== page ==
The "Accidental Entrepreneur" Plan: Believe it or not, it happens quite often. An impulse, a hobby, or a passing notion turns into a business without warning. One day you're handing your extra back_yard tomatoes or homemade cake to the neighbors, and before you know it you're filling out the forms for a booth at the local farmer's market. Perhaps you create a unique bit of hand_crafted jewelry and wear it to school or work, and then find your phone flooded with messages like, "Where can I get one?" and "I'll pay you to make one for me."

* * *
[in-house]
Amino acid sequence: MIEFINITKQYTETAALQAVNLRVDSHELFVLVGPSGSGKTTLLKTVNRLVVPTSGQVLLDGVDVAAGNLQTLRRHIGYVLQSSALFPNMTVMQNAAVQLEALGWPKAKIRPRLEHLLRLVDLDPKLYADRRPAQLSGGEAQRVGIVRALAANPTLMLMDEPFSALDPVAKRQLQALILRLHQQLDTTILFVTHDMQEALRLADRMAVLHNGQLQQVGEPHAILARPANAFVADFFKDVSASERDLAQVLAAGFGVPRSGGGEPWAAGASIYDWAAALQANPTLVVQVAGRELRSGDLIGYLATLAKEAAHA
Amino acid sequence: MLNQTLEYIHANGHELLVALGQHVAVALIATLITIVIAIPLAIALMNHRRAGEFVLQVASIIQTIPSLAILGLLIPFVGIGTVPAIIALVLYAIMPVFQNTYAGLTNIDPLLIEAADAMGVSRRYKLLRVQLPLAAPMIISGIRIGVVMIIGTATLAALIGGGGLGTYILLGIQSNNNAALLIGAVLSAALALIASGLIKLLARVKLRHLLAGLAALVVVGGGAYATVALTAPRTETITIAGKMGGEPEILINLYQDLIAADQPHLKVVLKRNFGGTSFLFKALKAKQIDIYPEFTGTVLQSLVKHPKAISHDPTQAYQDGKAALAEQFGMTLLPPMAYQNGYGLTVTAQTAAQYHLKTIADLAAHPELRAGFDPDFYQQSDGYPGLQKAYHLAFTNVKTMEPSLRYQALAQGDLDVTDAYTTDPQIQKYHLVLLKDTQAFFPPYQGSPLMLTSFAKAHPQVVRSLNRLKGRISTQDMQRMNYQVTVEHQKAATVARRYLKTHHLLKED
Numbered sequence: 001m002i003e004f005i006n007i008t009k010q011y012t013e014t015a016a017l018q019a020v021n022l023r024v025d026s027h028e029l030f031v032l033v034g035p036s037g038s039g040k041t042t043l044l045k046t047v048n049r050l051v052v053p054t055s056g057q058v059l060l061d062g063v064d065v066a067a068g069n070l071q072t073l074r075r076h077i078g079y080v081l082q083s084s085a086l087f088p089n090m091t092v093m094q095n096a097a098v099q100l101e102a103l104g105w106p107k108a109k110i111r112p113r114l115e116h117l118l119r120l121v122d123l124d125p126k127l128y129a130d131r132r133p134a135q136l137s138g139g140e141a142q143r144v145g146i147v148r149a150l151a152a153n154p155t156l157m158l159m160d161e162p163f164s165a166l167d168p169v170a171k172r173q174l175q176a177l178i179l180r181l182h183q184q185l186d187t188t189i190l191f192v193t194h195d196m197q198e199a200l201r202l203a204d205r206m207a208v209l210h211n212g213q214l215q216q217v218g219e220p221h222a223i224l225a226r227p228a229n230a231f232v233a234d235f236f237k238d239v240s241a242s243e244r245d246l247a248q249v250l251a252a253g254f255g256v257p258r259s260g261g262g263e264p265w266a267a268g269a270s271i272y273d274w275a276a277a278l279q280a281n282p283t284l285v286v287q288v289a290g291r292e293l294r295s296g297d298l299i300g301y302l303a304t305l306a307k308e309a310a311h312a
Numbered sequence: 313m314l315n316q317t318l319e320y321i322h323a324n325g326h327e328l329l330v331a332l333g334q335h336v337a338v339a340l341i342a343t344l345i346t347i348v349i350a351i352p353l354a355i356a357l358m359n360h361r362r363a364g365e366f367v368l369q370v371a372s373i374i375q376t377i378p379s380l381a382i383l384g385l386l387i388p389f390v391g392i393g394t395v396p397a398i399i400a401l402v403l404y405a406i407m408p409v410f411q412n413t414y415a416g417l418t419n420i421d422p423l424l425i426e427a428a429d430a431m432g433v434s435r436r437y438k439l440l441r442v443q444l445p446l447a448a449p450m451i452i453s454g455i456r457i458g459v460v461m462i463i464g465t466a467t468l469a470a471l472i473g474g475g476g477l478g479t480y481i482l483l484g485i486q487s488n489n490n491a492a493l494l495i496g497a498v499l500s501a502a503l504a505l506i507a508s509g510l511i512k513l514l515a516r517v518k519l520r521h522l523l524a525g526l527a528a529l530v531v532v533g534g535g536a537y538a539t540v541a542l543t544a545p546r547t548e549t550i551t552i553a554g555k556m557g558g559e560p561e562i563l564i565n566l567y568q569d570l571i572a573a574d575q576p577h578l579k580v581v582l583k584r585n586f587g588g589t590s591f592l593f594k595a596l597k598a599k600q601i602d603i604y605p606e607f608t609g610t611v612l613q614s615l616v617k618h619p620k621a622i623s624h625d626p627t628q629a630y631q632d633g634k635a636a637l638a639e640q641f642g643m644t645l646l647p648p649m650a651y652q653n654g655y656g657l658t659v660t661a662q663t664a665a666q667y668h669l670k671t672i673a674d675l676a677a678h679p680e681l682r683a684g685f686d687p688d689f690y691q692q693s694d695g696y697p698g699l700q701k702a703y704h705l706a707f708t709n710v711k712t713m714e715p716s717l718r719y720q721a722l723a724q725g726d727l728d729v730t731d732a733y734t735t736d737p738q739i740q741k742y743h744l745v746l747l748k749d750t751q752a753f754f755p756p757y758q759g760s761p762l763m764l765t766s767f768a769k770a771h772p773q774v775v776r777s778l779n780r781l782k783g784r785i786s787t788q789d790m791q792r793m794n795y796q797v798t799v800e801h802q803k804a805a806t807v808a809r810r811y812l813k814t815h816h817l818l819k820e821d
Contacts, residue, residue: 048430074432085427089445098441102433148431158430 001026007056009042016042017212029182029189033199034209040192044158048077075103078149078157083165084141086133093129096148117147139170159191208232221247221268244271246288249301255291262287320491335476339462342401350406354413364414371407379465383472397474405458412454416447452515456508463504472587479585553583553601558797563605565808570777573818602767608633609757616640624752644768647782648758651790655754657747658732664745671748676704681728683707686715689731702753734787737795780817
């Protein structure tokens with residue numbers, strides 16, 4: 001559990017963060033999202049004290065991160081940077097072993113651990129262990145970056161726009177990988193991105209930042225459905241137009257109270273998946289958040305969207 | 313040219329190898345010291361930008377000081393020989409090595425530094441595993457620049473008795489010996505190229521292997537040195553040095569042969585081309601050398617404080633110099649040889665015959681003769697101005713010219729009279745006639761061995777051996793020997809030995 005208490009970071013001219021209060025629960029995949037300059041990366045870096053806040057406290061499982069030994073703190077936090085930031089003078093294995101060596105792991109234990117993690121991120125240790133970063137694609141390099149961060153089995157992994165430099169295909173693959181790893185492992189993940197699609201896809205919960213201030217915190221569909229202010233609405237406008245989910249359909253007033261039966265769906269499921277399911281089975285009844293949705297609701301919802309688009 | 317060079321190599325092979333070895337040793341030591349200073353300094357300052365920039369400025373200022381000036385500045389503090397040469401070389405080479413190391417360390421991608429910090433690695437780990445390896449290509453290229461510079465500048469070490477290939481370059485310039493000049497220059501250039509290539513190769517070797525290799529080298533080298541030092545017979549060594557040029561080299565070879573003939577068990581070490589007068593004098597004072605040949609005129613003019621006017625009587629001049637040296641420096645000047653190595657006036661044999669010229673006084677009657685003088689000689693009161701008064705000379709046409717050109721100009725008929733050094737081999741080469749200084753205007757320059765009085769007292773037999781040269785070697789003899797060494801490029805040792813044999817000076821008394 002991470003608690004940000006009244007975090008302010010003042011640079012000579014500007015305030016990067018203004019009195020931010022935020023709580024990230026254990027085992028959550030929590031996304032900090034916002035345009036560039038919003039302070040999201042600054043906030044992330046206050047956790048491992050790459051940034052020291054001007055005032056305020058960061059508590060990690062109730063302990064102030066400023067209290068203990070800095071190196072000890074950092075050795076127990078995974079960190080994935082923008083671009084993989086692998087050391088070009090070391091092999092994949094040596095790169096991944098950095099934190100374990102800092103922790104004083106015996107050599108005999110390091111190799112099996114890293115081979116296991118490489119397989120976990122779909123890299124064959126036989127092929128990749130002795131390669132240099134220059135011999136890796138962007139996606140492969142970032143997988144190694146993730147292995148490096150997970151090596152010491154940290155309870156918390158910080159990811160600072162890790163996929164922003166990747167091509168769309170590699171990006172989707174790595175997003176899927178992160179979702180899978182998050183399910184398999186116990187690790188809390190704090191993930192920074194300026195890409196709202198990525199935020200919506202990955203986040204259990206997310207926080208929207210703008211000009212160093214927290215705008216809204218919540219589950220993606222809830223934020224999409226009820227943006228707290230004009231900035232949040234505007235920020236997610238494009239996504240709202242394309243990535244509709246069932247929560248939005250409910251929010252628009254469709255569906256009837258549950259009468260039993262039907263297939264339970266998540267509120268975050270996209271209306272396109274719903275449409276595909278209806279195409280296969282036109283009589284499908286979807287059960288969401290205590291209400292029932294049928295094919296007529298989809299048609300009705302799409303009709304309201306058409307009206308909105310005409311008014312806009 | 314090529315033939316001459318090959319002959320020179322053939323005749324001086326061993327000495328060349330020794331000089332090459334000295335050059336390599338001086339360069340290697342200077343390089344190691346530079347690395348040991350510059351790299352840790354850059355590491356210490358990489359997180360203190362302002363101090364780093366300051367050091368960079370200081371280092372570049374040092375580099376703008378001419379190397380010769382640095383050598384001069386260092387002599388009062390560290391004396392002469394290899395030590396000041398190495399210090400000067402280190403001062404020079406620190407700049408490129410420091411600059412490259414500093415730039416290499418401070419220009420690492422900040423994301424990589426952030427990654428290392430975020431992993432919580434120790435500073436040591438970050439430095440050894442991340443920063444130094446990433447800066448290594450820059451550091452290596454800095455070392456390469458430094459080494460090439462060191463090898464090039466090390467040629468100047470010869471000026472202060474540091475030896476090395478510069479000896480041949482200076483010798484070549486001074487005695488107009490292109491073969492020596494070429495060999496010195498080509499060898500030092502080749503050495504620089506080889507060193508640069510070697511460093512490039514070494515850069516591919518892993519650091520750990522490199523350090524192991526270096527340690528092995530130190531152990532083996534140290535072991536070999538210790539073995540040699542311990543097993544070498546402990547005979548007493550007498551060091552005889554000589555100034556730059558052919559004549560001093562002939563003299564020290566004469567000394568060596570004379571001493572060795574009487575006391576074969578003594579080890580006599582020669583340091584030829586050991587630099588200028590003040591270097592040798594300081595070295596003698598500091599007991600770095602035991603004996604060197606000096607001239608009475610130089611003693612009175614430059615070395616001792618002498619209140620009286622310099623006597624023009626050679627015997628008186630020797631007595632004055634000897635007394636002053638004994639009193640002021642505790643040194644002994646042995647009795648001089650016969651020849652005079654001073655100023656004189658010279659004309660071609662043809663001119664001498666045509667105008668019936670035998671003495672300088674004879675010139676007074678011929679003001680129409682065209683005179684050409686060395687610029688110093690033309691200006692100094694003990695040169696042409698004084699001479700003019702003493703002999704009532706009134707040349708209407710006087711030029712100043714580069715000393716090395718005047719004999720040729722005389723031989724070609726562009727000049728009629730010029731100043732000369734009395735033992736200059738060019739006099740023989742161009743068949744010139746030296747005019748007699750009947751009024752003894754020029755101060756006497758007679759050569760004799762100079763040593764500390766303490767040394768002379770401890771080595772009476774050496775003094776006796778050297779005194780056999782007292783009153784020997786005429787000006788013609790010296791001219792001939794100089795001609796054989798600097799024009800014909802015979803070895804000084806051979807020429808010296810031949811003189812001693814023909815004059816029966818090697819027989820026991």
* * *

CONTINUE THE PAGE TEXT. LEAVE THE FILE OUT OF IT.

Another consideration. Should the business plan be a document that is focused on selling an idea for a product or service? For many years I worked in a company that did not want anything in a business plan that could be construed as showing a bias towards or against a project. The mantra was to only present facts in the business plan. The Operations Research Department was there to review the analysis as being unbiased. To handle the "what if" scenarios or sensitivity analysis we prepared a supplemental analysis documents which were mostly financial oriented. Personally, I like a factual approach and use the presentation of the final document to point out the conservative aspects of the content.